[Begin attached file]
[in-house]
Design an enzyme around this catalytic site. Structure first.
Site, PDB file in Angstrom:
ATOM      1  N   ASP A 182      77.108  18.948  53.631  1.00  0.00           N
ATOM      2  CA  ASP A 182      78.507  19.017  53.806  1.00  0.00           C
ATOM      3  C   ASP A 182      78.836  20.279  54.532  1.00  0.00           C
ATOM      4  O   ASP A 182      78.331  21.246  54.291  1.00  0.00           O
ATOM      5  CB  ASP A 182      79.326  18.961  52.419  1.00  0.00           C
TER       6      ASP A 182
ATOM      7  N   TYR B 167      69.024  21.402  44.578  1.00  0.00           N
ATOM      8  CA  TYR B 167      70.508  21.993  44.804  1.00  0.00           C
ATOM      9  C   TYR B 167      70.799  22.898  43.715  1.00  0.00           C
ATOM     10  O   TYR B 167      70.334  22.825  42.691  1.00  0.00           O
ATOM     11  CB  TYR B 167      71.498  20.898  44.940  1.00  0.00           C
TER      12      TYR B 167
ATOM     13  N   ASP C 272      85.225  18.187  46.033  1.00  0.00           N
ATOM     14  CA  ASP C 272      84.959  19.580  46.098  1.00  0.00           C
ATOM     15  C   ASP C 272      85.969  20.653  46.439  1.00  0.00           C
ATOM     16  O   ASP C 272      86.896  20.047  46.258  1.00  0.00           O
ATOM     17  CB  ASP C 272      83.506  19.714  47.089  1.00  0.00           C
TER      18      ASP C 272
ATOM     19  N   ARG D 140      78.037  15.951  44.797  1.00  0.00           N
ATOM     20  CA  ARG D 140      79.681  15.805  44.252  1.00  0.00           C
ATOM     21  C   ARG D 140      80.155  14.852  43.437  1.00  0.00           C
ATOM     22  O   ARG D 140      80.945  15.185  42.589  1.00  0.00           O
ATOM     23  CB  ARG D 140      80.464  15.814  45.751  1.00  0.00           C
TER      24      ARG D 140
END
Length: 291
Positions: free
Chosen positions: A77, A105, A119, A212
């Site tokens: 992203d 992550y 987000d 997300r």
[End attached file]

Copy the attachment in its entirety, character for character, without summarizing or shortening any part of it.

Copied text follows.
[in-house]
Design an enzyme around this catalytic site. Structure first.
Site, PDB file in Angstrom:
ATOM      1  N   ASP A 182      77.108  18.948  53.631  1.00  0.00           N
ATOM      2  CA  ASP A 182      78.507  19.017  53.806  1.00  0.00           C
ATOM      3  C   ASP A 182      78.836  20.279  54.532  1.00  0.00           C
ATOM      4  O   ASP A 182      78.331  21.246  54.291  1.00  0.00           O
ATOM      5  CB  ASP A 182      79.326  18.961  52.419  1.00  0.00           C
TER       6      ASP A 182
ATOM      7  N   TYR B 167      69.024  21.402  44.578  1.00  0.00           N
ATOM      8  CA  TYR B 167      70.508  21.993  44.804  1.00  0.00           C
ATOM      9  C   TYR B 167      70.799  22.898  43.715  1.00  0.00           C
ATOM     10  O   TYR B 167      70.334  22.825  42.691  1.00  0.00           O
ATOM     11  CB  TYR B 167      71.498  20.898  44.940  1.00  0.00           C
TER      12      TYR B 167
ATOM     13  N   ASP C 272      85.225  18.187  46.033  1.00  0.00           N
ATOM     14  CA  ASP C 272      84.959  19.580  46.098  1.00  0.00           C
ATOM     15  C   ASP C 272      85.969  20.653  46.439  1.00  0.00           C
ATOM     16  O   ASP C 272      86.896  20.047  46.258  1.00  0.00           O
ATOM     17  CB  ASP C 272      83.506  19.714  47.089  1.00  0.00           C
TER      18      ASP C 272
ATOM     19  N   ARG D 140      78.037  15.951  44.797  1.00  0.00           N
ATOM     20  CA  ARG D 140      79.681  15.805  44.252  1.00  0.00           C
ATOM     21  C   ARG D 140      80.155  14.852  43.437  1.00  0.00           C
ATOM     22  O   ARG D 140      80.945  15.185  42.589  1.00  0.00           O
ATOM     23  CB  ARG D 140      80.464  15.814  45.751  1.00  0.00           C
TER      24      ARG D 140
END
Length: 291
Positions: free
Chosen positions: A77, A105, A119, A212
């Site tokens: 992203d 992550y 987000d 997300r």